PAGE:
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John Oerter
John Oerter

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Introduction to Code Katas

What Are Code Katas?

In the software development world, code katas are commonly used by developers
to hone their skill. They are meant to create a safe environment to experiment
and learn new techniques. The word "kata" is borrowed from the world of martial

In that world, katas are a series of choreographed movements meant to
be memorized and practiced over and over again until they are perfect. Similarly,
code katas are meant to be practiced regularly, making small improvements each
time. Code katas are usually performed using Test Driven Development.

When a martial arts practitioner masters the movements of a kata, the idea
is that he or she will be able to perform the same movements perfectly
in the real world without hesitation. The same idea holds for code katas.
The TDD flow of a kata along with its refactorings are memorized so that a
developer can perform similar refactorings and patterns in production code.

The point of a code kata is not to figure out a solution to a problem as quickly as
possible. Rather, the point is to intentionally practice the fundamentals of
writing code with TDD and using your chosen editor efficiently. Each time
a code kata is performed, small improvements should be made. These
improvements and gained efficiencies will be transferred into production code.

How Do You Do a Code Kata?

Getting started is easy!

  1. First, choose a problem or create your own.
    There are numerous katas out there that other developers have created. Some
    of the most popular are the Bowling Game,
    String Calculator,
    Prime Factors,
    and Roman Numerals.

  2. Next, choose a language. Depending on your goals, you can choose a
    familiar language or learn something entirely new. When doing a new kata
    for the first time, I would recommend using a familiar language. You can
    try new languages later after you're understanding of the kata is solid.

  3. Start coding! Remember to follow the TDD cycle:

    • Write a failing test
    • Write just enough code to make the test pass
    • Refactor
    • Repeat

Remember, this is a safe environment where you're free to make mistakes.
If you can't figure out a kata, don't feel bad about looking up solutions.
The point is to learn the movements of TDD or to practice the keyboard
shortcuts of your editor.

What Are the Benefits of Practicing Code Katas?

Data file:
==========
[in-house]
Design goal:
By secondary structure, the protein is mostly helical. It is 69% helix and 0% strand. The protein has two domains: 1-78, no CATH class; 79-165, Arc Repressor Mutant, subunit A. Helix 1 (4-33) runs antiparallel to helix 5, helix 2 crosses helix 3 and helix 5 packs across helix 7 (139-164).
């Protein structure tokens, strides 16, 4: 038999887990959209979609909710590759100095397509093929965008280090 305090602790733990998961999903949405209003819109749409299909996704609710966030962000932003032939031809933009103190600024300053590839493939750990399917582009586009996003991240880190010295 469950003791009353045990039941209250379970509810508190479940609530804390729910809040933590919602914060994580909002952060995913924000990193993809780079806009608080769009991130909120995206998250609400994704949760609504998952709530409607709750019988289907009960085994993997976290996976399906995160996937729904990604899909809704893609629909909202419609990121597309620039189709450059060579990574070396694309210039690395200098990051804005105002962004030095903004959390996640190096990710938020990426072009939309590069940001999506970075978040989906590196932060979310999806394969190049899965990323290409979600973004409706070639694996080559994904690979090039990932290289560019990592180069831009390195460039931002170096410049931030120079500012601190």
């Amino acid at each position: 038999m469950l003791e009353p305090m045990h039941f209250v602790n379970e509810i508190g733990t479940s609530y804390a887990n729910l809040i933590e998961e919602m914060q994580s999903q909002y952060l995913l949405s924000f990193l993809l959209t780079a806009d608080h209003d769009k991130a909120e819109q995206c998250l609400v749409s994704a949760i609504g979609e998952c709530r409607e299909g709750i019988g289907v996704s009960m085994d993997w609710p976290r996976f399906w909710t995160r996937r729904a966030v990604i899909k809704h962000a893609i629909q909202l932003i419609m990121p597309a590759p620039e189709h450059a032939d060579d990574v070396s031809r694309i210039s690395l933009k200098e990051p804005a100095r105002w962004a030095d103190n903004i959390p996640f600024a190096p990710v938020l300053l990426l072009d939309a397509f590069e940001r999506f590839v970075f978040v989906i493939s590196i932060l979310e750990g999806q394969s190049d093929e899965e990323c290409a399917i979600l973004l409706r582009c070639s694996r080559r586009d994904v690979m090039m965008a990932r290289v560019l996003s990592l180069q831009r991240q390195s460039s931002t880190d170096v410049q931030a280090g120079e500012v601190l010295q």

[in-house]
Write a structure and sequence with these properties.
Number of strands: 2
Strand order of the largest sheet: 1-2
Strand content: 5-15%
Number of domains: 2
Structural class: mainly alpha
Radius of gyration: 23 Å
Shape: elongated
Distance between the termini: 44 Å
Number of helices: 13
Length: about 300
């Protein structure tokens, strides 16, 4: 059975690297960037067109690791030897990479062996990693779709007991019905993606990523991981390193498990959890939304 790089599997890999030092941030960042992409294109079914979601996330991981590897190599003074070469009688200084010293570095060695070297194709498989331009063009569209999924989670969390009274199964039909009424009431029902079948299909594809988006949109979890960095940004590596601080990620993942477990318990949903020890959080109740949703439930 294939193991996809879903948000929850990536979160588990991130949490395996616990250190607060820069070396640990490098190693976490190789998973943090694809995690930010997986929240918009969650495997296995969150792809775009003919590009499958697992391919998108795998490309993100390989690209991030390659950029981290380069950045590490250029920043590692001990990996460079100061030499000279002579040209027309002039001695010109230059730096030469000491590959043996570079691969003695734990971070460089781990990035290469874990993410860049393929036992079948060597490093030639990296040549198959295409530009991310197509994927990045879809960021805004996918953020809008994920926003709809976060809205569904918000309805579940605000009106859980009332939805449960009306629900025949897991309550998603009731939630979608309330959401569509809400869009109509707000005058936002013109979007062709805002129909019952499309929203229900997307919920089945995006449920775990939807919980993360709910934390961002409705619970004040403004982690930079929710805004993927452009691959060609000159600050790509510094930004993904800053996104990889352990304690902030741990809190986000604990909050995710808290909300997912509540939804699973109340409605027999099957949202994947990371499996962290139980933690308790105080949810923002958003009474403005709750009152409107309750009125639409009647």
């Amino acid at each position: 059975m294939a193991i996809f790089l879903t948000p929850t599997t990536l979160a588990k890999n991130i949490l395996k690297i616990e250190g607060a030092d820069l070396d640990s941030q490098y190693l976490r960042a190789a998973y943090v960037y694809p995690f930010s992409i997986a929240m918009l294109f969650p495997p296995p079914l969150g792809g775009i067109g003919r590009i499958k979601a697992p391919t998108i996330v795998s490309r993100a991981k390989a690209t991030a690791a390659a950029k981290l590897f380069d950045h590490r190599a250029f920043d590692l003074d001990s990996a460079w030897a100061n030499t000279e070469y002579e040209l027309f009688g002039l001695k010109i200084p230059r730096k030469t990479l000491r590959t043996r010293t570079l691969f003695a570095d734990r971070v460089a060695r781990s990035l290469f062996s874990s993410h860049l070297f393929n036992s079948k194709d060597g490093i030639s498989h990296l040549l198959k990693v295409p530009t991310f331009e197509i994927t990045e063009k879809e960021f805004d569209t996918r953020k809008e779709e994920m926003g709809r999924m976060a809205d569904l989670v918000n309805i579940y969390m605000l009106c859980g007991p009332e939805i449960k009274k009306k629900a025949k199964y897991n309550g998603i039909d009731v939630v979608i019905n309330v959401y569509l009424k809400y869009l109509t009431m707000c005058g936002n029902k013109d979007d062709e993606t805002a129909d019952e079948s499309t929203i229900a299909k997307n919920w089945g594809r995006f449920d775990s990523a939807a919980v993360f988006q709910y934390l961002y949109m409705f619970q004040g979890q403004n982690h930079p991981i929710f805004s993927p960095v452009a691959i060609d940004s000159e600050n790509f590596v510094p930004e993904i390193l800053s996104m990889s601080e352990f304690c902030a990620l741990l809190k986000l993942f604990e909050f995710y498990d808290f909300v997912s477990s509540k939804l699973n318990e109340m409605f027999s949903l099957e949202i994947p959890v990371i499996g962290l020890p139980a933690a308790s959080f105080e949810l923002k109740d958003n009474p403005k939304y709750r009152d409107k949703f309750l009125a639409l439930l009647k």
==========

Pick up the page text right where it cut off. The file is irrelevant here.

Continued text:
The three main benefits of practicing code katas are:

1. Practicing the TDD flow.

I hear that many developers want to learn TDD, but learning TDD on the job is
not always a good option. We need a safe environment to fail and learn without the
pressure of deadlines or preventing bugs. Code katas can offer that environment to
any developer that cares to improve or learn their TDD skills. Regular code kata
practice should make doing TDD in the workplace almost second nature.

2. Increased Editor Efficiency

Have you always wanted to learn Vim, but never felt you had the time? What about
all those ReSharper shortcuts? When you practice a code kata, you can take the time
to learn the most efficient key strokes and really get to know your editor. This can
really pay off when writing production code. It's a great way to increase your
confidence as a developer. Whatever editor you use, you owe it to yourself
to be as proficient as possible with your tool set.

3. Learn a new language or language features

After you understand a kata well and have practiced it a couple of times, feel free
to experiment. What would the code look like in a completely different language from
the one you use everyday? Are there some brand new features in your favorite
language you have yet to try out? Code katas are a perfect way to both learn
new languages and gain a deeper understanding of familiar languages.

Closing Thoughts

In life, fundamentals often separate the successful from the unsuccessful. What do
many coaches say after a tough loss? "We have get back to the fundamentals".

As developers, how do we practice the fundamentals of developing software?
I think this is something that our industry often forgets. We are so eager to dive in
and start slinging code that we rarely take the time to slow down and deliberately
practice to improve our skills. I believe doing regular code katas is a fantastic way
to practice the fundamentals developing software and will make a noticeable difference
in your productivity.

Originally posted on RedGreenRefactor

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